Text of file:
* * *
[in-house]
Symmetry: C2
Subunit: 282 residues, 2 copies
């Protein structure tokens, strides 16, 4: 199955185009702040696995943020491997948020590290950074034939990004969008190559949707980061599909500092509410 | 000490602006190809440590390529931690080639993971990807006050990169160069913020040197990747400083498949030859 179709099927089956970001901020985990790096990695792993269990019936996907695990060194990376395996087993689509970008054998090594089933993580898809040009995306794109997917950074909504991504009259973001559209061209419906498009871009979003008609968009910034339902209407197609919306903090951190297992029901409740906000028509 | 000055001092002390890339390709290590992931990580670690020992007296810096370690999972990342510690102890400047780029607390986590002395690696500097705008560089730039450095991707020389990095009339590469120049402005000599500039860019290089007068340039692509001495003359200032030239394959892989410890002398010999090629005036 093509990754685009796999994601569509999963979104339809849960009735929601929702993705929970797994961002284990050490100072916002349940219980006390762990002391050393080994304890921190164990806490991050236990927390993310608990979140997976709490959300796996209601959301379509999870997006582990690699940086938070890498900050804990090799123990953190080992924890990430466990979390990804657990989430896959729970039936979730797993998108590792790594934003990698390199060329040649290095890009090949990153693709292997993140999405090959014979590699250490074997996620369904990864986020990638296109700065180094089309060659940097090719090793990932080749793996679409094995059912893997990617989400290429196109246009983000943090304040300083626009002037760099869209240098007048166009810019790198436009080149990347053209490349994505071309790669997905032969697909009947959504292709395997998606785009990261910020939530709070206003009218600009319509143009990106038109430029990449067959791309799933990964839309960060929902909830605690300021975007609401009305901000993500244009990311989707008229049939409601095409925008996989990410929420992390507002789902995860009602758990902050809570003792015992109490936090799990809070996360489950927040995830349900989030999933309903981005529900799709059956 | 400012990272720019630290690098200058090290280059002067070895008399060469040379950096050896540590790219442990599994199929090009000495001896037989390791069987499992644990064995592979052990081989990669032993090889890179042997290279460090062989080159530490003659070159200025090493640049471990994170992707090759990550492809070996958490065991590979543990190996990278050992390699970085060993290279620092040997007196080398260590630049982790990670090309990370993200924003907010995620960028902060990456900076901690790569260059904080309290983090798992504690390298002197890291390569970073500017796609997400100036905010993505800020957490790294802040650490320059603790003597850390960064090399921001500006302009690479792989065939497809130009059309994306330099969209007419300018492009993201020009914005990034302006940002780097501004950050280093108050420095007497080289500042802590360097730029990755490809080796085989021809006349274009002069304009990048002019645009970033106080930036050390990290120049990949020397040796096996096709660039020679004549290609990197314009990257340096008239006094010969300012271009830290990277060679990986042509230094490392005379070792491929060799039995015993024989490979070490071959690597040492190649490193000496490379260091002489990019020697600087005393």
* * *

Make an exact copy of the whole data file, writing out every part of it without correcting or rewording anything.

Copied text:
[in-house]
Symmetry: C2
Subunit: 282 residues, 2 copies
């Protein structure tokens, strides 16, 4: 199955185009702040696995943020491997948020590290950074034939990004969008190559949707980061599909500092509410 | 000490602006190809440590390529931690080639993971990807006050990169160069913020040197990747400083498949030859 179709099927089956970001901020985990790096990695792993269990019936996907695990060194990376395996087993689509970008054998090594089933993580898809040009995306794109997917950074909504991504009259973001559209061209419906498009871009979003008609968009910034339902209407197609919306903090951190297992029901409740906000028509 | 000055001092002390890339390709290590992931990580670690020992007296810096370690999972990342510690102890400047780029607390986590002395690696500097705008560089730039450095991707020389990095009339590469120049402005000599500039860019290089007068340039692509001495003359200032030239394959892989410890002398010999090629005036 093509990754685009796999994601569509999963979104339809849960009735929601929702993705929970797994961002284990050490100072916002349940219980006390762990002391050393080994304890921190164990806490991050236990927390993310608990979140997976709490959300796996209601959301379509999870997006582990690699940086938070890498900050804990090799123990953190080992924890990430466990979390990804657990989430896959729970039936979730797993998108590792790594934003990698390199060329040649290095890009090949990153693709292997993140999405090959014979590699250490074997996620369904990864986020990638296109700065180094089309060659940097090719090793990932080749793996679409094995059912893997990617989400290429196109246009983000943090304040300083626009002037760099869209240098007048166009810019790198436009080149990347053209490349994505071309790669997905032969697909009947959504292709395997998606785009990261910020939530709070206003009218600009319509143009990106038109430029990449067959791309799933990964839309960060929902909830605690300021975007609401009305901000993500244009990311989707008229049939409601095409925008996989990410929420992390507002789902995860009602758990902050809570003792015992109490936090799990809070996360489950927040995830349900989030999933309903981005529900799709059956 | 400012990272720019630290690098200058090290280059002067070895008399060469040379950096050896540590790219442990599994199929090009000495001896037989390791069987499992644990064995592979052990081989990669032993090889890179042997290279460090062989080159530490003659070159200025090493640049471990994170992707090759990550492809070996958490065991590979543990190996990278050992390699970085060993290279620092040997007196080398260590630049982790990670090309990370993200924003907010995620960028902060990456900076901690790569260059904080309290983090798992504690390298002197890291390569970073500017796609997400100036905010993505800020957490790294802040650490320059603790003597850390960064090399921001500006302009690479792989065939497809130009059309994306330099969209007419300018492009993201020009914005990034302006940002780097501004950050280093108050420095007497080289500042802590360097730029990755490809080796085989021809006349274009002069304009990048002019645009970033106080930036050390990290120049990949020397040796096996096709660039020679004549290609990197314009990257340096008239006094010969300012271009830290990277060679990986042509230094490392005379070792491929060799039995015993024989490979070490071959690597040492190649490193000496490379260091002489990019020697600087005393």